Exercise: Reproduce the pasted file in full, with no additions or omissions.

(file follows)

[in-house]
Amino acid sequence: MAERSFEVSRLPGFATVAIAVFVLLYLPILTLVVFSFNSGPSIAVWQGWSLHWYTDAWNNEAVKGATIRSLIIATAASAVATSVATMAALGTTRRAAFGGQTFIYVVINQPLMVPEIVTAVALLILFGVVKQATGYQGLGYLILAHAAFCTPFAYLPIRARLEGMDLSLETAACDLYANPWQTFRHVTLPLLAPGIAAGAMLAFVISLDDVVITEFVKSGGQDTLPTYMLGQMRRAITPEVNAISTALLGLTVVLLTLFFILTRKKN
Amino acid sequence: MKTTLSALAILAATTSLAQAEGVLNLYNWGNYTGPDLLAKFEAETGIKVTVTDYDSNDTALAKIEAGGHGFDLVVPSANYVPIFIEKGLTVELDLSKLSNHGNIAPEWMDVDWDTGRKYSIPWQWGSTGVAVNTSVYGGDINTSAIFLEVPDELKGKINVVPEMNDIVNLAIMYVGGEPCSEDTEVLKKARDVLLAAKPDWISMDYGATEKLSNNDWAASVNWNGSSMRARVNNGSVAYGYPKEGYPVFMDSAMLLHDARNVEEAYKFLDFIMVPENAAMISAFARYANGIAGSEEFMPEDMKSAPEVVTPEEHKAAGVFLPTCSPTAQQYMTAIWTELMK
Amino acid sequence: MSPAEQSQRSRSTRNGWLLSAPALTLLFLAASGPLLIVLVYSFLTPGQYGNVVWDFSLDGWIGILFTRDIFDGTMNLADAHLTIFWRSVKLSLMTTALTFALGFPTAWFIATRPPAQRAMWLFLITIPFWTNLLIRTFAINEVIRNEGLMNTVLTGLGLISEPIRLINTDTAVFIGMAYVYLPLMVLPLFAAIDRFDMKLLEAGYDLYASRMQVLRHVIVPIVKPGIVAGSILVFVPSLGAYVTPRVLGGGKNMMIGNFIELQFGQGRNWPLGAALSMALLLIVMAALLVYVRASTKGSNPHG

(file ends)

[in-house]
Amino acid sequence: MAERSFEVSRLPGFATVAIAVFVLLYLPILTLVVFSFNSGPSIAVWQGWSLHWYTDAWNNEAVKGATIRSLIIATAASAVATSVATMAALGTTRRAAFGGQTFIYVVINQPLMVPEIVTAVALLILFGVVKQATGYQGLGYLILAHAAFCTPFAYLPIRARLEGMDLSLETAACDLYANPWQTFRHVTLPLLAPGIAAGAMLAFVISLDDVVITEFVKSGGQDTLPTYMLGQMRRAITPEVNAISTALLGLTVVLLTLFFILTRKKN
Amino acid sequence: MKTTLSALAILAATTSLAQAEGVLNLYNWGNYTGPDLLAKFEAETGIKVTVTDYDSNDTALAKIEAGGHGFDLVVPSANYVPIFIEKGLTVELDLSKLSNHGNIAPEWMDVDWDTGRKYSIPWQWGSTGVAVNTSVYGGDINTSAIFLEVPDELKGKINVVPEMNDIVNLAIMYVGGEPCSEDTEVLKKARDVLLAAKPDWISMDYGATEKLSNNDWAASVNWNGSSMRARVNNGSVAYGYPKEGYPVFMDSAMLLHDARNVEEAYKFLDFIMVPENAAMISAFARYANGIAGSEEFMPEDMKSAPEVVTPEEHKAAGVFLPTCSPTAQQYMTAIWTELMK
Amino acid sequence: MSPAEQSQRSRSTRNGWLLSAPALTLLFLAASGPLLIVLVYSFLTPGQYGNVVWDFSLDGWIGILFTRDIFDGTMNLADAHLTIFWRSVKLSLMTTALTFALGFPTAWFIATRPPAQRAMWLFLITIPFWTNLLIRTFAINEVIRNEGLMNTVLTGLGLISEPIRLINTDTAVFIGMAYVYLPLMVLPLFAAIDRFDMKLLEAGYDLYASRMQVLRHVIVPIVKPGIVAGSILVFVPSLGAYVTPRVLGGGKNMMIGNFIELQFGQGRNWPLGAALSMALLLIVMAALLVYVRASTKGSNPHG